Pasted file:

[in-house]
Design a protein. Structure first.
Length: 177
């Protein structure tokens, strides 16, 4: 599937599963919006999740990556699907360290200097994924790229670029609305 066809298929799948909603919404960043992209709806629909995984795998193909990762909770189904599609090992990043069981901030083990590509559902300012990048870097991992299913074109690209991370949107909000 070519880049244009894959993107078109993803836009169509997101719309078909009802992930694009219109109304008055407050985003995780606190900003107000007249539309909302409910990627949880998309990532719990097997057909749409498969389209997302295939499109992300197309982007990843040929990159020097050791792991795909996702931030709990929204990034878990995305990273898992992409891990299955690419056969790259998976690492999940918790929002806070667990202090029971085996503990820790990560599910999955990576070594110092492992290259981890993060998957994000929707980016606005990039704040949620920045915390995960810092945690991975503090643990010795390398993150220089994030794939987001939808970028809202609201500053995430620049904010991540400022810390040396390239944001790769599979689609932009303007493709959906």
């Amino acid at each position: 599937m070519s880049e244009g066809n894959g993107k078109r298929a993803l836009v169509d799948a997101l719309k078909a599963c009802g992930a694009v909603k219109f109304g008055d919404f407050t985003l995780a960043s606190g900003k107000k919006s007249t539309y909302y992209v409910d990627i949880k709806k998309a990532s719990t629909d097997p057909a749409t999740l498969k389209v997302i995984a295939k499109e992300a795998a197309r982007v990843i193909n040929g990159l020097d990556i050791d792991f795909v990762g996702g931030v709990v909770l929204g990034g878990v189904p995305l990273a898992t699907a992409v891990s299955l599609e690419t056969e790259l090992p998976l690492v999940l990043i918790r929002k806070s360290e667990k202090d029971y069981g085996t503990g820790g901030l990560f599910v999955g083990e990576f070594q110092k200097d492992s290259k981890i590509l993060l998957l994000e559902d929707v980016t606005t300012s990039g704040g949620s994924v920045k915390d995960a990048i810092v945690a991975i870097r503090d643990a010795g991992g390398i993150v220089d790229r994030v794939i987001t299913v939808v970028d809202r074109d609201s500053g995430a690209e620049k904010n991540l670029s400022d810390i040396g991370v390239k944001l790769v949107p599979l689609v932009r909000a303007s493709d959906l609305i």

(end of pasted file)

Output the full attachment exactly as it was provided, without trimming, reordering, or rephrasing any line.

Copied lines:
[in-house]
Design a protein. Structure first.
Length: 177
């Protein structure tokens, strides 16, 4: 599937599963919006999740990556699907360290200097994924790229670029609305 066809298929799948909603919404960043992209709806629909995984795998193909990762909770189904599609090992990043069981901030083990590509559902300012990048870097991992299913074109690209991370949107909000 070519880049244009894959993107078109993803836009169509997101719309078909009802992930694009219109109304008055407050985003995780606190900003107000007249539309909302409910990627949880998309990532719990097997057909749409498969389209997302295939499109992300197309982007990843040929990159020097050791792991795909996702931030709990929204990034878990995305990273898992992409891990299955690419056969790259998976690492999940918790929002806070667990202090029971085996503990820790990560599910999955990576070594110092492992290259981890993060998957994000929707980016606005990039704040949620920045915390995960810092945690991975503090643990010795390398993150220089994030794939987001939808970028809202609201500053995430620049904010991540400022810390040396390239944001790769599979689609932009303007493709959906």
């Amino acid at each position: 599937m070519s880049e244009g066809n894959g993107k078109r298929a993803l836009v169509d799948a997101l719309k078909a599963c009802g992930a694009v909603k219109f109304g008055d919404f407050t985003l995780a960043s606190g900003k107000k919006s007249t539309y909302y992209v409910d990627i949880k709806k998309a990532s719990t629909d097997p057909a749409t999740l498969k389209v997302i995984a295939k499109e992300a795998a197309r982007v990843i193909n040929g990159l020097d990556i050791d792991f795909v990762g996702g931030v709990v909770l929204g990034g878990v189904p995305l990273a898992t699907a992409v891990s299955l599609e690419t056969e790259l090992p998976l690492v999940l990043i918790r929002k806070s360290e667990k202090d029971y069981g085996t503990g820790g901030l990560f599910v999955g083990e990576f070594q110092k200097d492992s290259k981890i590509l993060l998957l994000e559902d929707v980016t606005t300012s990039g704040g949620s994924v920045k915390d995960a990048i810092v945690a991975i870097r503090d643990a010795g991992g390398i993150v220089d790229r994030v794939i987001t299913v939808v970028d809202r074109d609201s500053g995430a690209e620049k904010n991540l670029s400022d810390i040396g991370v390239k944001l790769v949107p599979l689609v932009r909000a303007s493709d959906l609305i």